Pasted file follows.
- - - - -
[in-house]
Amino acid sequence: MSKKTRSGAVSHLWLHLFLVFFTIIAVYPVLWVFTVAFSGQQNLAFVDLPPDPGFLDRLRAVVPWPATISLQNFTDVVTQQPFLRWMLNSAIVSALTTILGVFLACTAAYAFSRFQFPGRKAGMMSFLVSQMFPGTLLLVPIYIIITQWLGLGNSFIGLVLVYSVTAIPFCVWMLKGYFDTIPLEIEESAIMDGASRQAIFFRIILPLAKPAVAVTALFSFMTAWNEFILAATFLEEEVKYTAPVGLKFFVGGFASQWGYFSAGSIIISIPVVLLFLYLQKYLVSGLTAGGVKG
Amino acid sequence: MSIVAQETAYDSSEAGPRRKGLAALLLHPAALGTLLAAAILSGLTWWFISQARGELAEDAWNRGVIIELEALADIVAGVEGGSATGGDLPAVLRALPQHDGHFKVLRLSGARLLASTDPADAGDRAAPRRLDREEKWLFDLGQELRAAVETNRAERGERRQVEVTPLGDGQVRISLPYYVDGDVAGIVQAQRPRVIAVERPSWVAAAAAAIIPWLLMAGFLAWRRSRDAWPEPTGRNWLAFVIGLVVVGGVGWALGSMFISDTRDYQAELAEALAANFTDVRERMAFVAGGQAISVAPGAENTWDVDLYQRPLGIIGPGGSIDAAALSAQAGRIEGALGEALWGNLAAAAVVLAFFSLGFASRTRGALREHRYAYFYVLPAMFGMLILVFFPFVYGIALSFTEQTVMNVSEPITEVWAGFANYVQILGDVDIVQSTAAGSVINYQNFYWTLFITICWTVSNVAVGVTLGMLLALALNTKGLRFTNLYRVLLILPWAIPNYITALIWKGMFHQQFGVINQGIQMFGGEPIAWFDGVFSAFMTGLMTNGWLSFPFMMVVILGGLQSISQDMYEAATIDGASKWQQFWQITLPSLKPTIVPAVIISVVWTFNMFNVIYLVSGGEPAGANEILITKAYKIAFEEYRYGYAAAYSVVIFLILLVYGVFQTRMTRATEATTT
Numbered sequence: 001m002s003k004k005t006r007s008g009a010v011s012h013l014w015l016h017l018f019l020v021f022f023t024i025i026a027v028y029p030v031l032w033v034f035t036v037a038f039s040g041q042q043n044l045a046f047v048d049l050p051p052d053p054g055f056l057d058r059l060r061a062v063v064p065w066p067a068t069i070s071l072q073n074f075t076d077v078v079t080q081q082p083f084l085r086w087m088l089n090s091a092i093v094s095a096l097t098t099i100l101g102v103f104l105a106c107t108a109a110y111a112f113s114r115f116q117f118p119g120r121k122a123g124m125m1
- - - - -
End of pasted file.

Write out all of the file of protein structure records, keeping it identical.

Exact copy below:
[in-house]
Amino acid sequence: MSKKTRSGAVSHLWLHLFLVFFTIIAVYPVLWVFTVAFSGQQNLAFVDLPPDPGFLDRLRAVVPWPATISLQNFTDVVTQQPFLRWMLNSAIVSALTTILGVFLACTAAYAFSRFQFPGRKAGMMSFLVSQMFPGTLLLVPIYIIITQWLGLGNSFIGLVLVYSVTAIPFCVWMLKGYFDTIPLEIEESAIMDGASRQAIFFRIILPLAKPAVAVTALFSFMTAWNEFILAATFLEEEVKYTAPVGLKFFVGGFASQWGYFSAGSIIISIPVVLLFLYLQKYLVSGLTAGGVKG
Amino acid sequence: MSIVAQETAYDSSEAGPRRKGLAALLLHPAALGTLLAAAILSGLTWWFISQARGELAEDAWNRGVIIELEALADIVAGVEGGSATGGDLPAVLRALPQHDGHFKVLRLSGARLLASTDPADAGDRAAPRRLDREEKWLFDLGQELRAAVETNRAERGERRQVEVTPLGDGQVRISLPYYVDGDVAGIVQAQRPRVIAVERPSWVAAAAAAIIPWLLMAGFLAWRRSRDAWPEPTGRNWLAFVIGLVVVGGVGWALGSMFISDTRDYQAELAEALAANFTDVRERMAFVAGGQAISVAPGAENTWDVDLYQRPLGIIGPGGSIDAAALSAQAGRIEGALGEALWGNLAAAAVVLAFFSLGFASRTRGALREHRYAYFYVLPAMFGMLILVFFPFVYGIALSFTEQTVMNVSEPITEVWAGFANYVQILGDVDIVQSTAAGSVINYQNFYWTLFITICWTVSNVAVGVTLGMLLALALNTKGLRFTNLYRVLLILPWAIPNYITALIWKGMFHQQFGVINQGIQMFGGEPIAWFDGVFSAFMTGLMTNGWLSFPFMMVVILGGLQSISQDMYEAATIDGASKWQQFWQITLPSLKPTIVPAVIISVVWTFNMFNVIYLVSGGEPAGANEILITKAYKIAFEEYRYGYAAAYSVVIFLILLVYGVFQTRMTRATEATTT
Numbered sequence: 001m002s003k004k005t006r007s008g009a010v011s012h013l014w015l016h017l018f019l020v021f022f023t024i025i026a027v028y029p030v031l032w033v034f035t036v037a038f039s040g041q042q043n044l045a046f047v048d049l050p051p052d053p054g055f056l057d058r059l060r061a062v063v064p065w066p067a068t069i070s071l072q073n074f075t076d077v078v079t080q081q082p083f084l085r086w087m088l089n090s091a092i093v094s095a096l097t098t099i100l101g102v103f104l105a106c107t108a109a110y111a112f113s114r115f116q117f118p119g120r121k122a123g124m125m1